Today’s article is written for the Reach To Teach Teach Abroad Blog Carnival, a monthly series that focuses on providing helpful tips and advice to ESL teachers around the globe. I’ll be posting a new ESL related article on my blog on the 4th of every month. Check back for more articles, and if you’d like to contribute to next month’s Blog Carnival, please get in touch with Dean at firstname.lastname@example.org, and he’ll let you know how you can start participating!
I wrote a blog post about this about a year and a half ago, so longtime readers might be familiar with the story. This month’s blog carnival topic is about most memorable and special moments in the classroom, so I can’t really think of a better story to tell than to repeat this one and add a few updates to it. I also submitted this story some time ago to EPIK, and it is now one of the many great stories featured in the School Culture Episode section of their website.
One of the things that have been very frustrating about teaching at my school is how students with disabilities and learning differences are treated in the classroom. My school is very big (over 1000 students). I only teach the 5th and 6th grades, and out of those classes, I’ve encountered a handful of students with various degrees of learning differences. One of my sixth grade students sits at a desk at the front of the classroom in the corner alone, and he just sleeps or smiles the whole time. He never speaks or participates and is ignored by everyone. Another student is very smart and always speaks to me in English, but has a very hard time staying still. He is constantly out of his seat or distracted by something. All he needs is a little redirection and he’s fine, but he’s never made to do any school work or encouraged to participate in the lesson.
There’s a boy in another class who sits at the front of the classroom, and for the longest time I couldn’t figure out what to do about him. He never seems to know what’s going on, sleeps, or just does not participate, and he sometimes mocks me. My co-teacher always told me, “He’s slow, don’t worry about him,” and they never make him do the work or call on him in class. The other students call him “crazy” whenever I go over to his desk to help him. One day, I decided it was time to get him to participate in class, and I was determined to get through to him somehow. I knew if I took the time, and let him experience some success in the classroom that it would be beneficial. My plan was just to focus my attention on him for a few class periods to see if I could figure out what he knew, what motivated him, and what I could do to help him be successful. When I’m not leading the class activity, I circle the classroom and check on everyone’s progress. Instead of doing that, I decided I was going to sit next to this student the whole class period and see if I could help him. I figured even if I could just keep him from falling asleep, that it would be a step in the right direction. First, I wanted to learn his name. I pointed to myself and told him my name, and then I pointed to him and he said “John.” I was amazed he had an English name (not many people here have “English names”) , and I had a feeling he would keep surprising me. I pointed back at myself, but stayed silent and he said my name again. We did this back and forth a few times, and he was smiling. Then I started pointing at different pictures in the book and saying what they were. These particular pictures happened to be food. Then, on his own he started to point to things and saying what they were in English. I was impressed! He knew a lot more than I thought. So, I drew a smiley face on his paper to show him he did a good job, and he pointed to it and said “smile.” After that it just got better and better. I encouraged him to raise his hand to repeat words and phrases in class. Everyone praised him and he got so excited. A couple days later I did the same thing, but I let him do more on his own. He actually raised his hand to participate without my prompting. Everyone clapped and cheered for him, and again he was so excited and motivated. It was amazing. He’s really smart, but nobody really gives him a chance, and if he had someone there to help him and encourage him I think he would really thrive in the classroom.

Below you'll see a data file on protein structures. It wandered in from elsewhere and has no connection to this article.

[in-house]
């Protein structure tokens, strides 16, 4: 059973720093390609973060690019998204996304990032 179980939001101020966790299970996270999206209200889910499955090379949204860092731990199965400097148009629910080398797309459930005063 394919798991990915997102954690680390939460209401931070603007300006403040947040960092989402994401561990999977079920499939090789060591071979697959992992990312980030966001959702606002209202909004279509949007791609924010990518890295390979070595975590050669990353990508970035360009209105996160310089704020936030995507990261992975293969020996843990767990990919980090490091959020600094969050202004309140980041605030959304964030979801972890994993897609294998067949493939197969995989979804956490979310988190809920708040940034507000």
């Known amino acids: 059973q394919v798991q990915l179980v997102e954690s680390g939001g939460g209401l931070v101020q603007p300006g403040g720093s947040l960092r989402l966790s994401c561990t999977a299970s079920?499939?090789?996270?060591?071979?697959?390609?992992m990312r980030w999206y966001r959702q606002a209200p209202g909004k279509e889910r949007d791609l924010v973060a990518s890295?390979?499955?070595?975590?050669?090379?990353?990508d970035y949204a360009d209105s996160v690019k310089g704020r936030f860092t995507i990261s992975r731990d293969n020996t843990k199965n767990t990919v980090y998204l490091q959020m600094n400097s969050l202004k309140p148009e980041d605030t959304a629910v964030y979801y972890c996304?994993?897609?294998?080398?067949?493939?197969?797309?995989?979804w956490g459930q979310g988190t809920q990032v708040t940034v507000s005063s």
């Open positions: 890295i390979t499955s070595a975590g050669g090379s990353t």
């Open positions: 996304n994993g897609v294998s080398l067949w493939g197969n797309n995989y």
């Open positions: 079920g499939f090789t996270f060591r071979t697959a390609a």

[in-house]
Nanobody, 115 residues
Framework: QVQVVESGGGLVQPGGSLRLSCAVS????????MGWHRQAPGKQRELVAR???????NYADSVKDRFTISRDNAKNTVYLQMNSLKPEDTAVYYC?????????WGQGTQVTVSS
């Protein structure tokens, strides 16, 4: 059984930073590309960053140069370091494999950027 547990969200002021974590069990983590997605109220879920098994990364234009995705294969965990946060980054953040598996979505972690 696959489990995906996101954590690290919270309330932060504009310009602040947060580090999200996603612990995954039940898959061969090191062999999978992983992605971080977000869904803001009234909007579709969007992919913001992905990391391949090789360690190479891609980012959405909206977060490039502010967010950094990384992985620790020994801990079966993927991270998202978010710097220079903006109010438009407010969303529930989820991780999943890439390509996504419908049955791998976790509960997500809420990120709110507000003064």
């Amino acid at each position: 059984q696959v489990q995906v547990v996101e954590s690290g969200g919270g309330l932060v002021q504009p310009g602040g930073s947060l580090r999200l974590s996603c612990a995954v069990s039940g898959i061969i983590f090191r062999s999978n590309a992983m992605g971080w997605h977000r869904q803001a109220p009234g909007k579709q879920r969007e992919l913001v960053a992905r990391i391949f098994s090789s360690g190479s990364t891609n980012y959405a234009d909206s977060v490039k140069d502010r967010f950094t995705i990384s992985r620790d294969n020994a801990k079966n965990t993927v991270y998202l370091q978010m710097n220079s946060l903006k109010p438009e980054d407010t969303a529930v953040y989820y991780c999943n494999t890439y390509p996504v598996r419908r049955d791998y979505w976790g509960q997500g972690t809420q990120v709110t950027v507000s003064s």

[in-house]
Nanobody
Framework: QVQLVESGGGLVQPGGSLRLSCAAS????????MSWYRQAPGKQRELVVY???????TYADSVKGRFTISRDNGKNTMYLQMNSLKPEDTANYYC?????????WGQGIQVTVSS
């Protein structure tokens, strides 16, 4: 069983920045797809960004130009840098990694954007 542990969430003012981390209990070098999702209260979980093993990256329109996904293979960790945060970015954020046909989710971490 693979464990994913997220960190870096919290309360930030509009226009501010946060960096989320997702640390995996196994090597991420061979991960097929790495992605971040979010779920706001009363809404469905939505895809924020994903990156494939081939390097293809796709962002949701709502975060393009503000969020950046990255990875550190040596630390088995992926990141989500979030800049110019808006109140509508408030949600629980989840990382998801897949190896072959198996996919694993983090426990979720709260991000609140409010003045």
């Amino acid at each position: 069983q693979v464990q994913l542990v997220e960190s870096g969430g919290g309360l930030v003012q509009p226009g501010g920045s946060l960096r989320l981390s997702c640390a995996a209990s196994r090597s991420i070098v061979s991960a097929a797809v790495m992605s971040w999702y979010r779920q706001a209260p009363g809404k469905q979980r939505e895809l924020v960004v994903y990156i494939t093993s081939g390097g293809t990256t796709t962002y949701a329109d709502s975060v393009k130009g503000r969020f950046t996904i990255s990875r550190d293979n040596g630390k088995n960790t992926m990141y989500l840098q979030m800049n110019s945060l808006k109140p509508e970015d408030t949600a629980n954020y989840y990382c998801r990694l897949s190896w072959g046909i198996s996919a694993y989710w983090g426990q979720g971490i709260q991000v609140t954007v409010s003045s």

Since this breakthrough over a year ago, I’ve witnessed this student grow and learn so much. He still struggles a lot and I can’t speak for his progress in other classes, but from what I have seen in my English classes he’s improved so much and I’m very excited. The best part is passing my acceptance and tolerance on to my students. The very best moment was when I witnessed my students doing for him what I usually do. There is one very high level English student who sits next to him every day and translates for him. She also helps him write the words and phrases in English. She is constantly encouraging him, and when she has free time after she finishes her work she helps him practice English. He always has a huge smile on his face!
It’s easy to get discouraged when working with so many students, and sometimes it feels like I’m not really making much of a difference. But as a teacher, it’s not just my job to teach English words and phrases, but also to be a good role model and mentor to my students. By modeling the type of behavior I’d like to see in them, I know I can positively affect some of them so that they can in turn pass along this behavior to other people they encounter in their lives.